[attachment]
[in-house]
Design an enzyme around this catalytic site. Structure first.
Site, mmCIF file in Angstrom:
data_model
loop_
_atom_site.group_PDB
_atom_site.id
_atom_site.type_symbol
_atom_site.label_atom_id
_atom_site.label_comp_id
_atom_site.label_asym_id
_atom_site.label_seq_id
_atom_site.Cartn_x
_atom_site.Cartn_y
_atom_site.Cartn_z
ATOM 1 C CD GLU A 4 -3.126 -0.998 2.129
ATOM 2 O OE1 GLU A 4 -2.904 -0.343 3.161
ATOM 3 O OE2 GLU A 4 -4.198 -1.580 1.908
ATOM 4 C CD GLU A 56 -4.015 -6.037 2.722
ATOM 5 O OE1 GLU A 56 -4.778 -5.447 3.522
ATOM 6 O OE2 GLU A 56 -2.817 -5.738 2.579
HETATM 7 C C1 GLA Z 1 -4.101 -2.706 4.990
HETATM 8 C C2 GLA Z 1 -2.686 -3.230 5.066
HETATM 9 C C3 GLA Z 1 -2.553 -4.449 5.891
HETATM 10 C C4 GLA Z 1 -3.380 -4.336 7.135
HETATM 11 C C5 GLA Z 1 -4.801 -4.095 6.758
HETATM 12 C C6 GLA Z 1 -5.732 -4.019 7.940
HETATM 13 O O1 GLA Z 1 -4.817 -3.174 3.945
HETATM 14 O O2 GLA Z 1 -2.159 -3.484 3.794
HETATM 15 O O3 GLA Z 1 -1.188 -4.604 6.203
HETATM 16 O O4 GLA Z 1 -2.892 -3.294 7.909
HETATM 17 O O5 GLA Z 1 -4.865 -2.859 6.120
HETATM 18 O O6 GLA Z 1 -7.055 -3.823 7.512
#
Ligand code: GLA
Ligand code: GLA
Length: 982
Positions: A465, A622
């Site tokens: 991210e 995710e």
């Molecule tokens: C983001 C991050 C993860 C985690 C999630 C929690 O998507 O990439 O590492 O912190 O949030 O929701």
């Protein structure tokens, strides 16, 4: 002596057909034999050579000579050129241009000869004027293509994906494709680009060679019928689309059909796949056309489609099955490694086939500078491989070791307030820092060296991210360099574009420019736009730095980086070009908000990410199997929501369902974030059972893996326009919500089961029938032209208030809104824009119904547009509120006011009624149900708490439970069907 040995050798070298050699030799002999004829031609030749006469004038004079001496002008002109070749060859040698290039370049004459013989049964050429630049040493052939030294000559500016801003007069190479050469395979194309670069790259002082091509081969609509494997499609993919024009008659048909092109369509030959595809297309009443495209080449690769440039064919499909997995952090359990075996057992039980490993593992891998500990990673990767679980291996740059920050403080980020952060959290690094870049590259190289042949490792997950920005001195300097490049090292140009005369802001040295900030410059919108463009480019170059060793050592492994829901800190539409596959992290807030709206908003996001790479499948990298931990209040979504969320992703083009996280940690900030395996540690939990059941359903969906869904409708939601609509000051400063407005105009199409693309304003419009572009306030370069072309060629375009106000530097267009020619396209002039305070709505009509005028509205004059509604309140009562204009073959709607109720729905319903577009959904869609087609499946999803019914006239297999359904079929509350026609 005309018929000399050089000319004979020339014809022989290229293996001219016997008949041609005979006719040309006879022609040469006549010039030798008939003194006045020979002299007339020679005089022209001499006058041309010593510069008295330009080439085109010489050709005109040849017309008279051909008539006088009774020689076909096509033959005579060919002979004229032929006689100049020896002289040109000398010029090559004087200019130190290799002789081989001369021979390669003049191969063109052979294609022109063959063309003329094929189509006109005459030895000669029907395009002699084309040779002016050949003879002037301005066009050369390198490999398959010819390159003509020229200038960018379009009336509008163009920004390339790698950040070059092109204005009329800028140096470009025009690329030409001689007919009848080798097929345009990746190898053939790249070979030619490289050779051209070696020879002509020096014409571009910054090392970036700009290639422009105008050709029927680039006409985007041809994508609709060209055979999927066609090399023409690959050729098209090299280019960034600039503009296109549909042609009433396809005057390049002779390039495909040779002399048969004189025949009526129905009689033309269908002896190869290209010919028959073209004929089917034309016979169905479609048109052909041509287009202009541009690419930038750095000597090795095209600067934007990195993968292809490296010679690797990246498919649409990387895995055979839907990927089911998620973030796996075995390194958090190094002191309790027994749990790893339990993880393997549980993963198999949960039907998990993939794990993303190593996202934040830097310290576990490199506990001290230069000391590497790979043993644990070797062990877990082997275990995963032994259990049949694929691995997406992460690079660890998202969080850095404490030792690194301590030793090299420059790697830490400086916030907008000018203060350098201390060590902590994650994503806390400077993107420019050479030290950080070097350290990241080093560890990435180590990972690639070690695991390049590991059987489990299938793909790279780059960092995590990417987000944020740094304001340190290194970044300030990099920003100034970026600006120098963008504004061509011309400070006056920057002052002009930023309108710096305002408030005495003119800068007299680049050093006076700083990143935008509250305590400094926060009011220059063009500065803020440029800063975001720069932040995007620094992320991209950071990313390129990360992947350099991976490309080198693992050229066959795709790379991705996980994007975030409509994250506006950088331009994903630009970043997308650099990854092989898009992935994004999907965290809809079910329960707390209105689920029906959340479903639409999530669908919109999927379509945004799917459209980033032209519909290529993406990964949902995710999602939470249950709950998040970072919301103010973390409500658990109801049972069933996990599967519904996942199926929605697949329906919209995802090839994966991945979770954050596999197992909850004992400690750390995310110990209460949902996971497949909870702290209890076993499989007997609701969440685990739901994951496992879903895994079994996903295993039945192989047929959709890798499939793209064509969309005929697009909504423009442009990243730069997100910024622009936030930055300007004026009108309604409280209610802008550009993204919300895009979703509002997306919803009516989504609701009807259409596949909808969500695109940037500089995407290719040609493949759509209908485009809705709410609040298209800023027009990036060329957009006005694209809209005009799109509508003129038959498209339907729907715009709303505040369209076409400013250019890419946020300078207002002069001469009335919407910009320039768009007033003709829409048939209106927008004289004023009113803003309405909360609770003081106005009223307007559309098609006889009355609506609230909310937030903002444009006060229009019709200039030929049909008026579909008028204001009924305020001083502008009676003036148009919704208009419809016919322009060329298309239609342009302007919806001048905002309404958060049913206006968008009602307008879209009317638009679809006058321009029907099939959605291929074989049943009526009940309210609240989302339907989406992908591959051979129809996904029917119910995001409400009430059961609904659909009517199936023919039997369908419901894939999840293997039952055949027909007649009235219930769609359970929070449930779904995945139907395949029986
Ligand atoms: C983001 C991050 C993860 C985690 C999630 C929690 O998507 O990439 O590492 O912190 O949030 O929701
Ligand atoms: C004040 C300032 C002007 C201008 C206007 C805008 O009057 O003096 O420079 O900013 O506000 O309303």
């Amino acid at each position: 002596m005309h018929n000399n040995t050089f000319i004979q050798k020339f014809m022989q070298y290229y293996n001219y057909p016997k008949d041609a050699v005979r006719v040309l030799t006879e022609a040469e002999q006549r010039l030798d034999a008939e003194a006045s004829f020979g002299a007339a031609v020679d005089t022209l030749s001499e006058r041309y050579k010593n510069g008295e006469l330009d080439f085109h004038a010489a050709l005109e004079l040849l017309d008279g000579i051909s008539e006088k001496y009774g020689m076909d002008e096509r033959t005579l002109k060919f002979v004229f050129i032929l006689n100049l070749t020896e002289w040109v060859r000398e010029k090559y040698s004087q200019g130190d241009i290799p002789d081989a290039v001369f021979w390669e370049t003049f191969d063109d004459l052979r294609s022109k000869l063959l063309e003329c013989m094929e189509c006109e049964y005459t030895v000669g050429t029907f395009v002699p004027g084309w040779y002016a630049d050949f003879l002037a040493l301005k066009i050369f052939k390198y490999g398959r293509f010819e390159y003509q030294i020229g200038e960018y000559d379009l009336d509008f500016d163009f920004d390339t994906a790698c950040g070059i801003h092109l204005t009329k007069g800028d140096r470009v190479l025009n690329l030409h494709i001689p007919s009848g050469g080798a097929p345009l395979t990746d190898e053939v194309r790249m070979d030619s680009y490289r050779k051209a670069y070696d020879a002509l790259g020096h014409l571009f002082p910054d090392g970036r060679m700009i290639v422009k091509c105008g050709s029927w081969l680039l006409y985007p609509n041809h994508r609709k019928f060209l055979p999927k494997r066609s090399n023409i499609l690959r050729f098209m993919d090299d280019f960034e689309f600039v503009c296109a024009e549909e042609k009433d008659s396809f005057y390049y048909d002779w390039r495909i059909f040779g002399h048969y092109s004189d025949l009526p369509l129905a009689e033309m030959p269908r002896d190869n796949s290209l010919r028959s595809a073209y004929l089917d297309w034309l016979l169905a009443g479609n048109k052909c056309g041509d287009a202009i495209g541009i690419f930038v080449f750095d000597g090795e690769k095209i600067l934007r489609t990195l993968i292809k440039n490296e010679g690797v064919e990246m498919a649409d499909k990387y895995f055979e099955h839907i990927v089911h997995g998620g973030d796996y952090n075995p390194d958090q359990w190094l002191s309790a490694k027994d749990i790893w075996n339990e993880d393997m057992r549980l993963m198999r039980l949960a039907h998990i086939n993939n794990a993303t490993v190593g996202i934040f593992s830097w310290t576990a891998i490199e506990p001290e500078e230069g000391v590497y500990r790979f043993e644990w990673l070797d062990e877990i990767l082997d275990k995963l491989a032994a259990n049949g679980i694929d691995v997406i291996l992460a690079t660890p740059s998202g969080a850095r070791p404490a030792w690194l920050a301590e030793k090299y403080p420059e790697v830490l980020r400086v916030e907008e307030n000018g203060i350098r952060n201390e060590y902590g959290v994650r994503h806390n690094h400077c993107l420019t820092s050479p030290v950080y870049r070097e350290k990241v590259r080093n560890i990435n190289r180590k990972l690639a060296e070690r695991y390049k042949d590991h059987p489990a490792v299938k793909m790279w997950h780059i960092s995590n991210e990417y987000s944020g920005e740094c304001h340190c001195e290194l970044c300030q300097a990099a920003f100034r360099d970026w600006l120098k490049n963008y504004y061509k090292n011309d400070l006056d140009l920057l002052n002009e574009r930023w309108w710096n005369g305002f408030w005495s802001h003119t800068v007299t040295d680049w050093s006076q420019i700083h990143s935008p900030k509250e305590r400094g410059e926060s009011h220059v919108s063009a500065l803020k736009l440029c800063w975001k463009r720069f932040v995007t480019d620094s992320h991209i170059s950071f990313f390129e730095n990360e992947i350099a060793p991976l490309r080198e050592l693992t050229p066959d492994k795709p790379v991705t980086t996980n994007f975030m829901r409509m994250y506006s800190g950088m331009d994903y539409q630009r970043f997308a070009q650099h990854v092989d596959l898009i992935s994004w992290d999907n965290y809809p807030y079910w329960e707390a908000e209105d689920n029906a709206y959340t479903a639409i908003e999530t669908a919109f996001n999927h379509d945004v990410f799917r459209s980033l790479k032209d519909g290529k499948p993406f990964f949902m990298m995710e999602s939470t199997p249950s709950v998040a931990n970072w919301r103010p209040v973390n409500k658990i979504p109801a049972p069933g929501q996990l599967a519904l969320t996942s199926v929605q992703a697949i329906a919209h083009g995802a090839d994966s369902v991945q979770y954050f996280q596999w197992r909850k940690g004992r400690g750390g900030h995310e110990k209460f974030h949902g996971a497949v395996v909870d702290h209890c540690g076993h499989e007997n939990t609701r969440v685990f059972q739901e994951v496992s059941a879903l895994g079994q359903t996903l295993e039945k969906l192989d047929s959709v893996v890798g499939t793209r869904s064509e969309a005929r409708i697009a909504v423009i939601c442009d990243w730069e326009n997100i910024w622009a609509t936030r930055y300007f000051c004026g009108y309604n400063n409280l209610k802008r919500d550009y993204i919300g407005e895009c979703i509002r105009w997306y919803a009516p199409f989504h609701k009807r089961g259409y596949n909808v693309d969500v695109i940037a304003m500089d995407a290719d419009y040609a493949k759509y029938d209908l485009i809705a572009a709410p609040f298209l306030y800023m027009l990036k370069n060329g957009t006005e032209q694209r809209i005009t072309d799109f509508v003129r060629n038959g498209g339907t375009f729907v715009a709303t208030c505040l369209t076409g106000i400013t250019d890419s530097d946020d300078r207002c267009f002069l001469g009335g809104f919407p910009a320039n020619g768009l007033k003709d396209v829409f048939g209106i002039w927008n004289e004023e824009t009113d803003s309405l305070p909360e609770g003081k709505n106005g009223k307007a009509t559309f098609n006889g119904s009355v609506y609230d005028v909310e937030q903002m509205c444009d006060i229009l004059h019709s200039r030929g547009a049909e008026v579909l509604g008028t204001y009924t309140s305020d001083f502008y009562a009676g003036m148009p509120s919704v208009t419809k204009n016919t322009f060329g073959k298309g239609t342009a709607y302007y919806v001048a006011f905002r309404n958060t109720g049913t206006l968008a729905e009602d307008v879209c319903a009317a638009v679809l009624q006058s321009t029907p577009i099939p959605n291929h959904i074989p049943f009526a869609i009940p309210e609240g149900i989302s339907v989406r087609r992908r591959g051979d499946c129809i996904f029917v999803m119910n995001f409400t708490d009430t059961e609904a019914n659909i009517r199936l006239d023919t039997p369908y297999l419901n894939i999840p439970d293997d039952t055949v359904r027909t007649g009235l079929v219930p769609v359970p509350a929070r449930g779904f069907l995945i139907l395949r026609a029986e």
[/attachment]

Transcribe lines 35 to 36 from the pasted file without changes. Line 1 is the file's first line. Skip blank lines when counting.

Ligand code: GLA
Ligand code: GLA